At the crossroads between Scandinavia and Eastern Europe, the Baltic state of Latvia has an intriguing food scene that is influenced by neighboring countries but shaped by strong traditions and native ingredients. Expect hearty dumplings and smoked herring to sit alongside bowls of borscht on menus throughout Riga but you'll also find a growing number of contemporary restaurants dishing out exciting meals from top chefs. And the city is home to Europe's biggest food market, housed in five former Zeppelin hangars. Since Latvian cuisine is one of the top reasons to visit the city in general—here are the top dishes you can't leave Riga without digging into.
Pickles and Sauerkraut
At Riga's epic Central Market you'll find a whole Zeppelin hangar lined with stalls selling fruit and vegetables and a huge selection of pickles. The stallholders let you help yourself to mounds of crunchy sauerkraut and you'll find all sorts of pickles including carrots, tomatoes, garlic, mushrooms, green beans, cauliflower and of course cucumbers flavored with a variety of herbs and spices. Sauerkraut is a Latvian staple and features in side dishes, dumplings, and soups.
Rye Bread Pudding
A popular way to finish a meal in Latvia is by tucking into maizes zupa (rye bread pudding), a soupy dessert made from sweetened rye bread, apples, cinnamon, raisins, plums, cranberries, and whipped cream. The dark rye bread is dried out in the oven before being boiled which gives the pudding a thick, comforting texture.
This healthy and hearty national dish is typically served at Christmas as Latvians believe that eating peas brings luck and money but you'll see Grey Peas on menus throughout Riga. It's served as a side dish or a bar snack and is made from dried peas (similar to chickpeas) cooked with fried onions and fatty smoked bacon. Dig into a bowl at one of the city's Lido restaurants, a traditional Latvian chain known for cheap and wholesome family-friendly dining.
Dark Rye Bread
It's said that the average Latvian consumes around 50kg of rye bread per year and tradition dictates that if the bread is accidentally dropped, it must be picked up immediately and kissed. Rupjmaize (dark rye bread) is a dense loaf that's served as an accompaniment to most meals alongside herb-flavored butter. Fried sticks of rye bread are often served as bar snacks to be enjoyed with a garlicky dip.
While this isn't a dish, you can't leave Riga without knocking back a shot of Latvia's national spirit. Said to aid digestion, Black Balsam is a vodka-based liqueur made with a range of herbs including pepper, ginger, linden flower, raspberry, and bilberry. This legendary spirit was reputedly first brewed to cure Catherine the Great of a stomach illness when she spent time in Riga and Latvians still enjoy its health-giving properties today. It's both bitter and sweet and something of an acquired taste and the exact recipe remains a closely guarded secret. For a more palatable introduction to this gutsy spirit, try it mixed in a cocktail at Balzam Bars.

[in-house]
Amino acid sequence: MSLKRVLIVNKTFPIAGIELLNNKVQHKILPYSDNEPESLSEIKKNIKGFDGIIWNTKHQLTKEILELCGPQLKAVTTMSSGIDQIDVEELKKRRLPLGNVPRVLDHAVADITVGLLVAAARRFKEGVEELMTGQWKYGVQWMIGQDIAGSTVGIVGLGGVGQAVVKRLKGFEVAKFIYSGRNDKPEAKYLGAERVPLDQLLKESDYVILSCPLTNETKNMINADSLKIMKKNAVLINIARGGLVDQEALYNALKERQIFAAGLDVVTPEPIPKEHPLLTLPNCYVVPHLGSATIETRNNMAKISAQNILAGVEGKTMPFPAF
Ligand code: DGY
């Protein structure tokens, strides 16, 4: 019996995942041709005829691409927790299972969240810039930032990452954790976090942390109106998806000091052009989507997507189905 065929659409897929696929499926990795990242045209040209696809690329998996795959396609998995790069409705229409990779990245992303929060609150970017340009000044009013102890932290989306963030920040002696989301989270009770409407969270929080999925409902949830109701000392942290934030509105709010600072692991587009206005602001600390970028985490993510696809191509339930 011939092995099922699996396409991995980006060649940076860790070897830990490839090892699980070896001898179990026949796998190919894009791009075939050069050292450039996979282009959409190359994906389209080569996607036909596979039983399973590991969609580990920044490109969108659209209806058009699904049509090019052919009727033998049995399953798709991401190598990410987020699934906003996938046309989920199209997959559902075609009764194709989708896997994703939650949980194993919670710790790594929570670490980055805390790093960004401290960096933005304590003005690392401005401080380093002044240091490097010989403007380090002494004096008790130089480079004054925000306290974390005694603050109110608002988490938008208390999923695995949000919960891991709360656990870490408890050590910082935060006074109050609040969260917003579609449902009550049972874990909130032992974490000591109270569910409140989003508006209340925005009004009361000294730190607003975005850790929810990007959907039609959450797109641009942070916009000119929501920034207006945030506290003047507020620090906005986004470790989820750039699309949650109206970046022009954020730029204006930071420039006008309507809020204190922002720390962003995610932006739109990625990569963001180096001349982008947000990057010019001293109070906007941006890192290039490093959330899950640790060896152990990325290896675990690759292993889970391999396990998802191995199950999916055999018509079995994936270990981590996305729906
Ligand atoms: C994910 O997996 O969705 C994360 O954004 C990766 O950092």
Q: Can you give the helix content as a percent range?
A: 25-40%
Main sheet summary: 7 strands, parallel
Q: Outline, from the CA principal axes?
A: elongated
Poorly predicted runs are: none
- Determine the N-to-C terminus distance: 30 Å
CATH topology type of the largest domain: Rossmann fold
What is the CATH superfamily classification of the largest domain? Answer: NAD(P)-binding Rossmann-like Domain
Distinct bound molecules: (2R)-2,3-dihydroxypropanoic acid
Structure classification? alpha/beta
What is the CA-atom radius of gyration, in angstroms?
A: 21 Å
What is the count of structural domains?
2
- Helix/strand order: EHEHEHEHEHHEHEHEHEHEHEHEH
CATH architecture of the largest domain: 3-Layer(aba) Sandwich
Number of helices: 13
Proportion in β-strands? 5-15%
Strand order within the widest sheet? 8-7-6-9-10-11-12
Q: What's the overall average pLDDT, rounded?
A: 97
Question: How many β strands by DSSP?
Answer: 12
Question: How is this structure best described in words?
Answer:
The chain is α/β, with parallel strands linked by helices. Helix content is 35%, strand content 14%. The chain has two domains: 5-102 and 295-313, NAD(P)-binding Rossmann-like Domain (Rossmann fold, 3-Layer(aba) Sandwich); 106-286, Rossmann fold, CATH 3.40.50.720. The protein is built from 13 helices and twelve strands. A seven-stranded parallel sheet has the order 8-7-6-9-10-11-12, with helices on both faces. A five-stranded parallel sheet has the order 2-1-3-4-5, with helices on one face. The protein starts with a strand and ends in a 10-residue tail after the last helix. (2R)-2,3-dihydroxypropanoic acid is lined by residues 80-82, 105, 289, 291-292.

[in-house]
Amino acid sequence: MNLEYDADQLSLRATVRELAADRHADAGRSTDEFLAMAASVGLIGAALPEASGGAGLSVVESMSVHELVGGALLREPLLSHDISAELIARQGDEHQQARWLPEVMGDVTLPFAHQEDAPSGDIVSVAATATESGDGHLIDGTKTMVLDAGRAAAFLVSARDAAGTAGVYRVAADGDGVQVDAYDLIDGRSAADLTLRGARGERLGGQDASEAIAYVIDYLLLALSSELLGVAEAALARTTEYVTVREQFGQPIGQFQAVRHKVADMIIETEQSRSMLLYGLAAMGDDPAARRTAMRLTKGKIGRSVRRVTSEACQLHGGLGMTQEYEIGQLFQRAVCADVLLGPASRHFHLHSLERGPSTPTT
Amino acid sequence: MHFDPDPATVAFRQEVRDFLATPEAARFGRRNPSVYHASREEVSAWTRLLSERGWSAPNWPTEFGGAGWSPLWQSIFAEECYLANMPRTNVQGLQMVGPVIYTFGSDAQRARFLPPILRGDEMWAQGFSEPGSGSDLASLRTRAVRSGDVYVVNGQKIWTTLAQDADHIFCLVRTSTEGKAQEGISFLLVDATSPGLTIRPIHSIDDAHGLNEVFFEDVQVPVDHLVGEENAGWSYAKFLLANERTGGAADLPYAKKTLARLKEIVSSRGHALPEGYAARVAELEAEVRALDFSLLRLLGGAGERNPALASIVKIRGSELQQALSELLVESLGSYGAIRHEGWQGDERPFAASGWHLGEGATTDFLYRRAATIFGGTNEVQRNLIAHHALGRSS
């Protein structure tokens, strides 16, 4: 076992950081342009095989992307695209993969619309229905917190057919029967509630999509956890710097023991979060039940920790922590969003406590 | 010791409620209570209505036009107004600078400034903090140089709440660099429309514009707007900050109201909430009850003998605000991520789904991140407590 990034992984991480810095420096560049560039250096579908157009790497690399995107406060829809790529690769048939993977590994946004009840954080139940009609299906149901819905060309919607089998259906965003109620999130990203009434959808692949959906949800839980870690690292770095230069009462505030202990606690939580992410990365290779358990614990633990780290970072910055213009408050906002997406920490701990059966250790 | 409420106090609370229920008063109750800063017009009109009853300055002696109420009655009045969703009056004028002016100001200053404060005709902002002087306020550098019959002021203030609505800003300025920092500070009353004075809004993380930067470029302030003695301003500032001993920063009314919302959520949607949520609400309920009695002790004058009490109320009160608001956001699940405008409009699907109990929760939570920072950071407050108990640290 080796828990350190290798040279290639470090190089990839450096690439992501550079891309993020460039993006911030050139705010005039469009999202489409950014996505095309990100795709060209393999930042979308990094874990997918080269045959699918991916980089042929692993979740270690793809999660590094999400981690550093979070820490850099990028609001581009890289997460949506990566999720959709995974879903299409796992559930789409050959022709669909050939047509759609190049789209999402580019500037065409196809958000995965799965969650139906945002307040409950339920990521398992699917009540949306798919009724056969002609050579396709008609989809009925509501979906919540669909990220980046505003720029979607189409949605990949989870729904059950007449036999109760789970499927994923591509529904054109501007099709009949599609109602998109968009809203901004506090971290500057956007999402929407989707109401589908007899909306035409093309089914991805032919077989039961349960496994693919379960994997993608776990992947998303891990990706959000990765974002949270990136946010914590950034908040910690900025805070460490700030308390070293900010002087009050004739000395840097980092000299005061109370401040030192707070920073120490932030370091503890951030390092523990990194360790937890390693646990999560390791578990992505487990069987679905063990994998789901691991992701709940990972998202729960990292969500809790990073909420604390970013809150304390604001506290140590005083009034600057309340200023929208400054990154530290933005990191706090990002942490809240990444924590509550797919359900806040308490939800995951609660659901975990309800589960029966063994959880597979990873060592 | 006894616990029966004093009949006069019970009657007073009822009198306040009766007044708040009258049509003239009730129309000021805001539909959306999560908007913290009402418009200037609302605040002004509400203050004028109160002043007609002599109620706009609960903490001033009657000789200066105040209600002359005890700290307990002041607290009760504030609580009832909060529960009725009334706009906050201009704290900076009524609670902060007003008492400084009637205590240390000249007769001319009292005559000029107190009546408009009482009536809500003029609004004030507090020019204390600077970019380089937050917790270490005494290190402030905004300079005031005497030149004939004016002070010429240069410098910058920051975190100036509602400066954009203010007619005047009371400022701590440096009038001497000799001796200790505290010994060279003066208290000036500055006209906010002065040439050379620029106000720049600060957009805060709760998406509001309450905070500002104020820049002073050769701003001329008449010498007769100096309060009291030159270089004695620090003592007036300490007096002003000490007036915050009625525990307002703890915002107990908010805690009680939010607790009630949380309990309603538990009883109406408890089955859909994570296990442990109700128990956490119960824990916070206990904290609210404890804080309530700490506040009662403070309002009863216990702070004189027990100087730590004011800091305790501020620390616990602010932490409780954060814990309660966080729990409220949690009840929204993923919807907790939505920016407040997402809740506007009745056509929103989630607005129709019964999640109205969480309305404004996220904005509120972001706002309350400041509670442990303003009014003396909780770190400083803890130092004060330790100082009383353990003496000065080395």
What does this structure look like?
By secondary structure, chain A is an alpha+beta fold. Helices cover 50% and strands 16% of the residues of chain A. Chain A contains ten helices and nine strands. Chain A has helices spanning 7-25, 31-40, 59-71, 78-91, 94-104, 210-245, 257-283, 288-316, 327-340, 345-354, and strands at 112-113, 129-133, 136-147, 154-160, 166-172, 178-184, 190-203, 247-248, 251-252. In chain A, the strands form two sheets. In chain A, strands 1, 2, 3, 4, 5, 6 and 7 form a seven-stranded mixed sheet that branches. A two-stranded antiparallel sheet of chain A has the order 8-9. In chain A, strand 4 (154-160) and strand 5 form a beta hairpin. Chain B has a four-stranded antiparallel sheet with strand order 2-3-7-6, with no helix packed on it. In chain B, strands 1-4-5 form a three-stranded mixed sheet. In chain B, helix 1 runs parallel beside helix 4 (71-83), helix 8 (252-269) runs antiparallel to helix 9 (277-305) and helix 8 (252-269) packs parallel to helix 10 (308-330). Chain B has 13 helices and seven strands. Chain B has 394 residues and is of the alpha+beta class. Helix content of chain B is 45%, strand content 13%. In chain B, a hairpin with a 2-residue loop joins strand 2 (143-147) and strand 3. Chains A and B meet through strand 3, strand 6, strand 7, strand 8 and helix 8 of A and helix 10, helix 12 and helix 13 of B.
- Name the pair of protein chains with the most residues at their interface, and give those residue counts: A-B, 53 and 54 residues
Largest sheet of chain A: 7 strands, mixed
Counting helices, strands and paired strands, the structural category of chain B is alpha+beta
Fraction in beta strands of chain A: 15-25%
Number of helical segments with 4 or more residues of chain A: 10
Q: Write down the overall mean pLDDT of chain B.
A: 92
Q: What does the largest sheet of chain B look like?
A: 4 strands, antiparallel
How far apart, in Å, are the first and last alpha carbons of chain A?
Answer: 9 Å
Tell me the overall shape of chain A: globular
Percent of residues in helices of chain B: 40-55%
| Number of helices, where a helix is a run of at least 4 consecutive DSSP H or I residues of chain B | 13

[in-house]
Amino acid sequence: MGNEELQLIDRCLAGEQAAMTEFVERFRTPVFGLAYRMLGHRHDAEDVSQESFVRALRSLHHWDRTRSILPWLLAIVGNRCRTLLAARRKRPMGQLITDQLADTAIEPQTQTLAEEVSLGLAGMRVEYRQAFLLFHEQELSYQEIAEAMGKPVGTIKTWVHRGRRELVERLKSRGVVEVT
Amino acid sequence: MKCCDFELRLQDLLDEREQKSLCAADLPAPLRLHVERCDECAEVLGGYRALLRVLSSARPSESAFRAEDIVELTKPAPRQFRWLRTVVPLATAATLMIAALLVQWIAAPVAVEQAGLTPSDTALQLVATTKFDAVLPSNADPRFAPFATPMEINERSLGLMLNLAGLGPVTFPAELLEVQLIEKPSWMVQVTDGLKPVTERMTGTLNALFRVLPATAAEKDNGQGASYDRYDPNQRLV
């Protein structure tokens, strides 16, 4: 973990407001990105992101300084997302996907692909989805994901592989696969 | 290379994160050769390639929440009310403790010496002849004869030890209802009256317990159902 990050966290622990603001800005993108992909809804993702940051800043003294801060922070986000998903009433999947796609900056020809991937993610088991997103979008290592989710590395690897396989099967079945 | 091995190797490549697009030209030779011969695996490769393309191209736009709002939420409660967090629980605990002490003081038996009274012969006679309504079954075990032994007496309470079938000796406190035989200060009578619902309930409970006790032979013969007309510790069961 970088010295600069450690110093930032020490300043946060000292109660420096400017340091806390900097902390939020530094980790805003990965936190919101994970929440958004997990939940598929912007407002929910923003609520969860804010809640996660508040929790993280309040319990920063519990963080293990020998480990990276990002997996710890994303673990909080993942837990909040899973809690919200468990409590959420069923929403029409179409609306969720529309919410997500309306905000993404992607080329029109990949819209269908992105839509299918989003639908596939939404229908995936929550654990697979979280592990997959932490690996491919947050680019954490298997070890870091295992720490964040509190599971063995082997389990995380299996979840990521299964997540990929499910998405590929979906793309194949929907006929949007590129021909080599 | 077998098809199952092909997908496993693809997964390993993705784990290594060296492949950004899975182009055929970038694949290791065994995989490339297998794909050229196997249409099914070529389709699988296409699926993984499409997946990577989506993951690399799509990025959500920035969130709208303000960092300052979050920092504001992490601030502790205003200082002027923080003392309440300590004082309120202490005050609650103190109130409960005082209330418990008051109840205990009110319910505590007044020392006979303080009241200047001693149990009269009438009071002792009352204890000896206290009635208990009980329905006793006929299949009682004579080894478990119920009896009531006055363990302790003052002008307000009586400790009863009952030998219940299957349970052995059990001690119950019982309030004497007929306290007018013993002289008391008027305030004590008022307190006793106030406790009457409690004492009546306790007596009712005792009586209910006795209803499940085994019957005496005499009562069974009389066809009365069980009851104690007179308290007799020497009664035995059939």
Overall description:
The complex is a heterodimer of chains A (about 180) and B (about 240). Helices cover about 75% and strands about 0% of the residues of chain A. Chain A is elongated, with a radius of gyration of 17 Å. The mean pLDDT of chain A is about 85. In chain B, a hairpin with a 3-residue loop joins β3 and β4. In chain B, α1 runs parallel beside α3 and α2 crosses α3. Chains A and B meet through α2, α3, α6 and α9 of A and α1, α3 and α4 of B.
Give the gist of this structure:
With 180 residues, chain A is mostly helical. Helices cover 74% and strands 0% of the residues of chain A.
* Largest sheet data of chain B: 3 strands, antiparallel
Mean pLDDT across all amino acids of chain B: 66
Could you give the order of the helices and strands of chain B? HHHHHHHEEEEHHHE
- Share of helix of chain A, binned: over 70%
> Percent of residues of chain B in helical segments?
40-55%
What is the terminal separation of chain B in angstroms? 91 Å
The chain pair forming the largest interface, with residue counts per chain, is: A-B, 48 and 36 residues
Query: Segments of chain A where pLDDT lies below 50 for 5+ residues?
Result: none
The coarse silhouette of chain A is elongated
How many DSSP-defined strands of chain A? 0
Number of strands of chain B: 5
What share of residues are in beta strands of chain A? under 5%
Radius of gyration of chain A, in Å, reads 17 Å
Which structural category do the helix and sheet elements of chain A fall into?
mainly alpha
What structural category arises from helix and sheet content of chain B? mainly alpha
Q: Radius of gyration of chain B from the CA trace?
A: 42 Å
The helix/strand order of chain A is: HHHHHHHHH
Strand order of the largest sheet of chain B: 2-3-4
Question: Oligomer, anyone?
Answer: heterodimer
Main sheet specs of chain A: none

This rich potato salad is made up of several layers of meat and/or fish (typically herring), hard-boiled eggs and vegetables, all held together with mayonnaise and sour cream. It's very similar to a traditional Russian Olivier salad (created in the mid-1800s by the chef at the famous restaurant Hermitage in Moscow) but you'll find different variations served up across town. You might see ingredients like chopped apple, beetroot, spring onion, and dill make an appearance too.
Although they might not have originated in Latvia, pelmeni are eaten throughout Riga and are definitely worth trying. A cross between Polish pierogi and Italian tortellini, these small dumplings are made with unleavened dough and filled with minced meat, vegetables, or cheese. They can be served in a broth or fried and always come with a dollop of sour cream. Head to Pelmenu Sturitis, a small family-run stall at the Central Market for a bowl of made-to-order dumplings for around 3 euro. The Pelmeni XL restaurant chain serves pelmeni until 4 am every Friday and Saturday for late-night snacking.
Pork features heavily on Latvian menus and karbonade is one of the country's most popular dishes. Much like a schnitzel, the pork is pounded flat and then fried in breadcrumbs. It's typically served with a heap of creamy mushrooms on top and with some dill-seasoned potatoes on the side.